LG Ultra-Wide screen with podfeet website onscreen. in foreground is a little statue of a head with different parts of the brain identified. the display is mostly black where podfeet is usually white so it looks a bit odd to me

George from Tulsa on Display Settings and Why He Went With a 45″ Curved LG Display

12inch iBook Snow open at an angle with a black screen.
iBook Snow on Wikipedia

Hi, I’m George from Tulsa and I started this piece thinking it would be a simple report about my new monitor and how it answers Allison’s great framing question, “What’s the problem to be solved?” Answering that required context – I could have begun with the 5″ screen in my first computer, a 1981 Osborne 1, but decided to focus on my experiences beginning with OS X 10.0 which I bought on a 12″ iBook Snow in 2001.

While developing this segment I discovered some Mac viewability settings that were new to me. I’m talking about them right at the top so if you’re only here for Mac stuff and not my monitor discussion you could skip forward. In the interest of audio brevity, you’ll need to visit Allison’s shownotes for detailed instructions and links. I tested them on macOS 14 Sonoma. They may not all work on older versions.

Mac Viewability Settings

If you use two or more monitors, it’s easy and useful to display the Menu Bar and Dock on each screen. One nice feature is the Menu Bar’s brightness increases on the screen with an application in use and dims on the inactive screen. Which helps if you lose track of what you’re doing where!

System Settings, Desktop and Dock, Displays have Separate Spaces.
This Toggle Puts Menu Bar & Dock on Both Screens

You can also VERY, VERY slightly increase the Menu Bar’s size.

I don’t remember what version of OS X introduced the “full-screen mode”, the advantages of which are said to be a bit more working space and more focus, less distraction. I do remember my reaction the first time I unknowingly activated it was, “AAACCK!” What happened to my Menu Bar? How do I drive this careening car?

Beginning in Monterey it became possible to make full-screen slightly less all-consuming and keep the Menu Bar on screen. I’m putting in a link to how to do that in Ventura and Sonoma as they differ slightly.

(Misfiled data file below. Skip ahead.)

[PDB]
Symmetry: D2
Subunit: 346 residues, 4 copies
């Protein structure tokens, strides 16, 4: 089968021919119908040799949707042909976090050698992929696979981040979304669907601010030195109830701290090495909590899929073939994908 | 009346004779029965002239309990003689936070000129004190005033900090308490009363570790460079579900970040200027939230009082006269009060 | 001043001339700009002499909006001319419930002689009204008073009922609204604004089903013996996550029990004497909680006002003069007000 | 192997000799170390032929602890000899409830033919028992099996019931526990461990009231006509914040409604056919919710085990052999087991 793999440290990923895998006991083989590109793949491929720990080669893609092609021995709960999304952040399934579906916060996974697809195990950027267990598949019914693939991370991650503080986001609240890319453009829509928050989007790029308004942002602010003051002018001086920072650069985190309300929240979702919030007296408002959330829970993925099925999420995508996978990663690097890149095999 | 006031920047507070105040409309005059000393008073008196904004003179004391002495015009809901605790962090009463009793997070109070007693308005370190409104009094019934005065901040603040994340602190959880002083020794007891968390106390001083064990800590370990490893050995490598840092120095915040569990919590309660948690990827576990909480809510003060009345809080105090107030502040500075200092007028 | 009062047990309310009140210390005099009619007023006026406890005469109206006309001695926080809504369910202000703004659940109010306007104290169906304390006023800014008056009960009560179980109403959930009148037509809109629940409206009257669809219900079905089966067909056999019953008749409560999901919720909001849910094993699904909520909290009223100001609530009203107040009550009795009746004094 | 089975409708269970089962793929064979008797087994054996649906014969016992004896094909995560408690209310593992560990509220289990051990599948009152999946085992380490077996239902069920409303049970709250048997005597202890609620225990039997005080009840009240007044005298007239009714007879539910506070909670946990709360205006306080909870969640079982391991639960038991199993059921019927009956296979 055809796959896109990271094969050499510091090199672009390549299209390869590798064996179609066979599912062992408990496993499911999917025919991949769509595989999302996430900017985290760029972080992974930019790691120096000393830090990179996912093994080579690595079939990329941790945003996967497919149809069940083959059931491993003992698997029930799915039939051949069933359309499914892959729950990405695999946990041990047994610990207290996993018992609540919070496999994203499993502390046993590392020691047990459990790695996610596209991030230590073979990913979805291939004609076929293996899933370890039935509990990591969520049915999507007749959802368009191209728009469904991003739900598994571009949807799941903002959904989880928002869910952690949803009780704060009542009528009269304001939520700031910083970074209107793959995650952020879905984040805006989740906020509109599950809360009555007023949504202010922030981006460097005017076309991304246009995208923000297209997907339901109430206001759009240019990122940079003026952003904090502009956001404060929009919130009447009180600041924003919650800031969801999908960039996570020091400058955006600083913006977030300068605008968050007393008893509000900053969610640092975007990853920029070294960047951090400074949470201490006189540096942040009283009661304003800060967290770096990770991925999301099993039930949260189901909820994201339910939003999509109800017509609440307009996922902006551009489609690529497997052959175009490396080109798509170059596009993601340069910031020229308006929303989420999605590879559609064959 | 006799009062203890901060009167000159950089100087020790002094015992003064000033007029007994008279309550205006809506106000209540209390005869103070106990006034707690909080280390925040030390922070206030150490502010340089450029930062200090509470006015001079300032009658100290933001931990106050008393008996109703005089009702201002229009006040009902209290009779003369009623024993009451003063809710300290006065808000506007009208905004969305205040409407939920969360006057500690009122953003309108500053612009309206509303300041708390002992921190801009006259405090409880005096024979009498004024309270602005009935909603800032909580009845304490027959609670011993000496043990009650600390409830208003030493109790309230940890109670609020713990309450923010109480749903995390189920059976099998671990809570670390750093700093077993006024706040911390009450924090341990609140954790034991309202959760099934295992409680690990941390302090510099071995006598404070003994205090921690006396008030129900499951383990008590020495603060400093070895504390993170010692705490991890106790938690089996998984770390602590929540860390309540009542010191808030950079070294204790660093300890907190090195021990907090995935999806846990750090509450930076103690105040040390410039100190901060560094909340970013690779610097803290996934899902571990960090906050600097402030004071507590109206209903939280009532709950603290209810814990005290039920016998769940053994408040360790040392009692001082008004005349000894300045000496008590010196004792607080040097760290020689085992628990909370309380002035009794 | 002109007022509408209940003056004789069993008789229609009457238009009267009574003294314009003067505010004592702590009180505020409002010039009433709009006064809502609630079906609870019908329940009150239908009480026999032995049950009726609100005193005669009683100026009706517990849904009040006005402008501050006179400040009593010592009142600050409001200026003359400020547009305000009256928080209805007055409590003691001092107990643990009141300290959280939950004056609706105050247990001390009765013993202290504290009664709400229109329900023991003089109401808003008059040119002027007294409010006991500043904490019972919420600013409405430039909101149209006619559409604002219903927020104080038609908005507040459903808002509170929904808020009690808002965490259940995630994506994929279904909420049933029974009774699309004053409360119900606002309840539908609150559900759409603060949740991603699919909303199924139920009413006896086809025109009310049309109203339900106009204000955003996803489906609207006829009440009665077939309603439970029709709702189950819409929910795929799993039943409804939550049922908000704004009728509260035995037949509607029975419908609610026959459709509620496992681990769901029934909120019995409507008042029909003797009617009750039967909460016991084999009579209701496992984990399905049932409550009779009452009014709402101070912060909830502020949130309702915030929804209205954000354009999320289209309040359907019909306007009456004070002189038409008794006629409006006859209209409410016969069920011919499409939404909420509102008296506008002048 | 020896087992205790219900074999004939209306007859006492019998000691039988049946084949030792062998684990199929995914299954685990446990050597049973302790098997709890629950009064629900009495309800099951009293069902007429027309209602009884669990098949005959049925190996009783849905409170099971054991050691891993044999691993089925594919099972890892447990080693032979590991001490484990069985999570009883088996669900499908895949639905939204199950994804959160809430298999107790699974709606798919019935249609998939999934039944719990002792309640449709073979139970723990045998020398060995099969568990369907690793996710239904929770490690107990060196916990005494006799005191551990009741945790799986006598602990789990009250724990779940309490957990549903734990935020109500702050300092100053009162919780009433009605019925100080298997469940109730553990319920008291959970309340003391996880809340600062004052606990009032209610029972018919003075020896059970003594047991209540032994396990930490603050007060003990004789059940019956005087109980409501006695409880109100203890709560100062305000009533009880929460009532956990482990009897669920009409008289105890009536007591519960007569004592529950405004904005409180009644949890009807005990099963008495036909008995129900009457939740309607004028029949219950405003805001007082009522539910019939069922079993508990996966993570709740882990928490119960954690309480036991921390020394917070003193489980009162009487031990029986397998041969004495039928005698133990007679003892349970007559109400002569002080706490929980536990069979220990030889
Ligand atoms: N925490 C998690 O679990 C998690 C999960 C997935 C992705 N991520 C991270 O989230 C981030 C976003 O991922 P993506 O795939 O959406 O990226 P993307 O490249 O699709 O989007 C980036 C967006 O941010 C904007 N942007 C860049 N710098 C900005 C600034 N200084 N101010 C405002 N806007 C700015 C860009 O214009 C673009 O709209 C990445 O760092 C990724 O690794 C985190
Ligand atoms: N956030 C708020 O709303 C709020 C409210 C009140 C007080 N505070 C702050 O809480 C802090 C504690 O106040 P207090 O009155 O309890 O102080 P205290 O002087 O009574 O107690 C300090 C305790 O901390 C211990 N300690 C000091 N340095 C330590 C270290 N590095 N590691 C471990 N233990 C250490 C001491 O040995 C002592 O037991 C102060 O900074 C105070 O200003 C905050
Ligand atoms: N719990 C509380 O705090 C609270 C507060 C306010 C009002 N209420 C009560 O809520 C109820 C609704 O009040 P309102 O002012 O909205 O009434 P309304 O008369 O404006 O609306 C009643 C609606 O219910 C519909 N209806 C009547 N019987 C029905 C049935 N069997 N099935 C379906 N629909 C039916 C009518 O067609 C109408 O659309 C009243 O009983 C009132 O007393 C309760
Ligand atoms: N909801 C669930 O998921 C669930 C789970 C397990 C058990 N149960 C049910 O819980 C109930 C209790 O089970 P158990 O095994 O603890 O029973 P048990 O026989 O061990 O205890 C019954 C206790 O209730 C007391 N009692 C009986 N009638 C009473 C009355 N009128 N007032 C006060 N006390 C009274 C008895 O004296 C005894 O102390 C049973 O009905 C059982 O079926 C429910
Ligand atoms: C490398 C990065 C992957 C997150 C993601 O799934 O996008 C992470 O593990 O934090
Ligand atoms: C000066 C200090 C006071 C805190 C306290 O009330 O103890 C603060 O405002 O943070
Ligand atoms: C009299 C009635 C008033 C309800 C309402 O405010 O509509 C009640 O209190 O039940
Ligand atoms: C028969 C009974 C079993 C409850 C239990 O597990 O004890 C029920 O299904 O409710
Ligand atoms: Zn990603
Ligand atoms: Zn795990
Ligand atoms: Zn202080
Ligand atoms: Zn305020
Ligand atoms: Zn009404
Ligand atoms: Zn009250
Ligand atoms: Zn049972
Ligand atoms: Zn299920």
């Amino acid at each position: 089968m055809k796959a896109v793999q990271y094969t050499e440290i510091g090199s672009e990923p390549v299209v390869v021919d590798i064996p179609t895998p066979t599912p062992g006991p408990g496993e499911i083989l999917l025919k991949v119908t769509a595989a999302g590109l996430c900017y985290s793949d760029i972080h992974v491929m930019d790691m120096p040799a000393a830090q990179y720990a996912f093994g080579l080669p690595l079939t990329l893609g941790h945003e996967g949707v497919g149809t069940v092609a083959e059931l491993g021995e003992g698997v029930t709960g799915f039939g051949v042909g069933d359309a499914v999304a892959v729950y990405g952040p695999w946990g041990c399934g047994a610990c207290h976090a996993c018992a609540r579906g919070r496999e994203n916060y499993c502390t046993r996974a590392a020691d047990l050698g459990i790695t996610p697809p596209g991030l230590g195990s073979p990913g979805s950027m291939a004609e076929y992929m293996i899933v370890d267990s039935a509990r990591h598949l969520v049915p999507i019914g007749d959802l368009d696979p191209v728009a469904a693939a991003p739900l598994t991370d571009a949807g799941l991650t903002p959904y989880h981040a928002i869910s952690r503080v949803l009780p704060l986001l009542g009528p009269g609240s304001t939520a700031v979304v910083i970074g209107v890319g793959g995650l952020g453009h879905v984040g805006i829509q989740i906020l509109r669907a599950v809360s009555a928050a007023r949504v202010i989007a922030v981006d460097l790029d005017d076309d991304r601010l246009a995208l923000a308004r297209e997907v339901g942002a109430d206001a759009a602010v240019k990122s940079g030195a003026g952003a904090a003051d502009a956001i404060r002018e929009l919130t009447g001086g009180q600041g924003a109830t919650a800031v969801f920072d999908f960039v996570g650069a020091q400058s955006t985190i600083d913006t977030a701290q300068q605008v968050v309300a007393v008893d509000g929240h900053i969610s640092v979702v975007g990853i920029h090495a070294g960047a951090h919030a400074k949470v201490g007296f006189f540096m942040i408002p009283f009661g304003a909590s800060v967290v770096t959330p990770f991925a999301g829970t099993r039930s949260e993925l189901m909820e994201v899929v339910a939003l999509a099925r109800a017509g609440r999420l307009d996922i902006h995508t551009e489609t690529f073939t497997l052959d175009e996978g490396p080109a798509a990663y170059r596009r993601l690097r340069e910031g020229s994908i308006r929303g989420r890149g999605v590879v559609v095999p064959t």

Text Link: How to always show menu bar in full-screen mode in macOS Sonoma and Ventura – www.igeeksblog.com/…

Screen scaling can make everything onscreen either larger or smaller. It’s possible to set different resolutions on different monitors and to specify their relative locations.

Text Instructions: Change Monitor Resolution — support.apple.com/…

macOS also provides more granular settings:

  • Make text and icons bigger across apps and system features
  • Make text bigger for individual apps or system features
  • Make icons bigger for individual apps or system features

All covered in one Apple Support Link: support.apple.com/…

The Monitor Story

Enough of those Public Service Announcements, on with the show!

Since acquiring my first computer in 1981 much of my work has involved creating, editing, and reviewing spreadsheets.

The ability to usefully display two, or more, spreadsheets simultaneously has long been something of a personal “Holy Grail.” By usefully, I mean in fonts large enough to read.

For most of my computing decades, even though Macs and Windows could display applications and open files in multiple on-screen windows, screens were just too small to display two readable files onscreen. Thinking over just the Macs I’ve owned or had at work, I count two 12″ “Snow” iBooks. Two 12″ Powerbooks. Two 11″ Airs. One 13″ Air. One 13″ MacBook Pro. Two 15″ MacBook Pros. A mid-90s Performa with 14″ CRT, two 17″ and one 20″ iMacs, a variety of Minis, and one 27″ 2010 iMac. Whew, no wonder Apple is a trillion-dollar business.